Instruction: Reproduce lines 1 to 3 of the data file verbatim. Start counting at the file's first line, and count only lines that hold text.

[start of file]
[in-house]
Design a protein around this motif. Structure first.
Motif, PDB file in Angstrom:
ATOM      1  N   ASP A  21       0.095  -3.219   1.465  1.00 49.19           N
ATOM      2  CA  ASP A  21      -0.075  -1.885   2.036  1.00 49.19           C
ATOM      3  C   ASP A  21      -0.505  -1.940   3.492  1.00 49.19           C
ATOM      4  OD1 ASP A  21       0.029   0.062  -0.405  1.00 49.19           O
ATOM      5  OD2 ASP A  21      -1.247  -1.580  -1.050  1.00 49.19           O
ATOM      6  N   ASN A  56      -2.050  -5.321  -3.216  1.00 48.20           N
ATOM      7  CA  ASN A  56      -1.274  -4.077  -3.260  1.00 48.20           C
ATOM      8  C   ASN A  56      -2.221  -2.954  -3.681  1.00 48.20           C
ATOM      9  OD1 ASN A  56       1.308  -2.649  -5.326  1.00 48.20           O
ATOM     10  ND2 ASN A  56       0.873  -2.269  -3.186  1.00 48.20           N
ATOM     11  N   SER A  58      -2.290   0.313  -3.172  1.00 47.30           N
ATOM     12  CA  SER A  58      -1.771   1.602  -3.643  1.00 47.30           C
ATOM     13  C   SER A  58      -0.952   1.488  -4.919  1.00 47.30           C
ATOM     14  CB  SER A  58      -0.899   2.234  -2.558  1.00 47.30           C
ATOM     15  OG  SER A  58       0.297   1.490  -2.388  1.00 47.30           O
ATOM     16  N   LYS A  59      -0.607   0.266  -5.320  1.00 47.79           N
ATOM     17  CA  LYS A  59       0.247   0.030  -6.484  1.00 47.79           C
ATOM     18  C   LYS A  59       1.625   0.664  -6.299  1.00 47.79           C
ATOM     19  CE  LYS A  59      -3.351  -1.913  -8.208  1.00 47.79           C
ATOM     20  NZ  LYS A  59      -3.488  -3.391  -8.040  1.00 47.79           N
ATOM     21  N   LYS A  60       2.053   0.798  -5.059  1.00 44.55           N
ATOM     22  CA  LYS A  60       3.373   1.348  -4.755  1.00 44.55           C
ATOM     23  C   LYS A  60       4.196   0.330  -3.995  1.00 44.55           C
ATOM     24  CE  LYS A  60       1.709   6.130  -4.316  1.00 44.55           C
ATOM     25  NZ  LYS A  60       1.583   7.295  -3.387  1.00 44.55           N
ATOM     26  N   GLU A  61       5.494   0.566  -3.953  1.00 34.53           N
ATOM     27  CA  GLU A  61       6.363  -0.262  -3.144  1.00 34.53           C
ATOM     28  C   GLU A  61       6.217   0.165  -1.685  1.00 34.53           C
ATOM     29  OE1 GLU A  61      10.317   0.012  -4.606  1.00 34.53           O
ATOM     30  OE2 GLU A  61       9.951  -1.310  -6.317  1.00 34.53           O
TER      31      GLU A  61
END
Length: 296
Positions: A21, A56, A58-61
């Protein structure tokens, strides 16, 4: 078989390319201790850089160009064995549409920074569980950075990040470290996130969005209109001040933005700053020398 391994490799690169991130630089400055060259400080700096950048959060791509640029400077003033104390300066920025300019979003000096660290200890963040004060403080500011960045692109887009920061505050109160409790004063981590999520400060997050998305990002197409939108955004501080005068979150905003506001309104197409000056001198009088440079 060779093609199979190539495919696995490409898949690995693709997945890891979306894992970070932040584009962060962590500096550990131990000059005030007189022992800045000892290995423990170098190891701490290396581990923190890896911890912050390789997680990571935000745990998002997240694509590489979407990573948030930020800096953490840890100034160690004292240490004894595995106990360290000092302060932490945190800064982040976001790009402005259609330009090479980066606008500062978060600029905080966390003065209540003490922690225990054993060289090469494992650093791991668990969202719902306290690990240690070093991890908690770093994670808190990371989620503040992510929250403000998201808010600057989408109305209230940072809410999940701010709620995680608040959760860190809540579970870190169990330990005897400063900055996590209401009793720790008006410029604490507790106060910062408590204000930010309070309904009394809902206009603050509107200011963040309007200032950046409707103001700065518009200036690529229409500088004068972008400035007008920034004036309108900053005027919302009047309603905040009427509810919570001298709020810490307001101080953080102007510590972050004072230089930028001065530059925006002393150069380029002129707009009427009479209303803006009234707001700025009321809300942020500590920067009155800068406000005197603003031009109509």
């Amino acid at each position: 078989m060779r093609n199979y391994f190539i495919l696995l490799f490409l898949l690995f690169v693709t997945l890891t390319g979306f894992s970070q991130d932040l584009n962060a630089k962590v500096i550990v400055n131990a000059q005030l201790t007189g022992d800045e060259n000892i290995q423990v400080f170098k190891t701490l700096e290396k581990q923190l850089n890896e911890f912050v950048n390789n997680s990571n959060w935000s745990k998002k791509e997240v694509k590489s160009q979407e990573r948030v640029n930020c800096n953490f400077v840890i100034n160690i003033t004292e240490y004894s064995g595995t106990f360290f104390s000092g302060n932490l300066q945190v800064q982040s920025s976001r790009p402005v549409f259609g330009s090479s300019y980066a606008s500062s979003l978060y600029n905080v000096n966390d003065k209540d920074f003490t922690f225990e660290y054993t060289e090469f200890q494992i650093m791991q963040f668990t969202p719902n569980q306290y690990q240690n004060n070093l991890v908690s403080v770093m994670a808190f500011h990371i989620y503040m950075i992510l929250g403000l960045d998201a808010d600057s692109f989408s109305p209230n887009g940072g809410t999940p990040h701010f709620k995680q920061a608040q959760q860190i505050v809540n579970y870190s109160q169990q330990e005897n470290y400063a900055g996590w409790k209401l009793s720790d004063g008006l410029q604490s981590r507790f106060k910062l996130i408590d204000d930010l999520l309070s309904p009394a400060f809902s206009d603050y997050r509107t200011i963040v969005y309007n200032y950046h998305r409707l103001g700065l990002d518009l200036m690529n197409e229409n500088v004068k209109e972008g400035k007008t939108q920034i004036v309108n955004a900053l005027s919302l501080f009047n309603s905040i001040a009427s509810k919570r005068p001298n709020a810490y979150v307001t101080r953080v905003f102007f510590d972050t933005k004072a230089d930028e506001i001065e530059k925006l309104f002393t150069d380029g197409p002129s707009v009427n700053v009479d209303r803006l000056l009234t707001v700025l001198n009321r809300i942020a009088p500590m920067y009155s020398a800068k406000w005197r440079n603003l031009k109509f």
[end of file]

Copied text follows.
[in-house]
Design a protein around this motif. Structure first.
Motif, PDB file in Angstrom: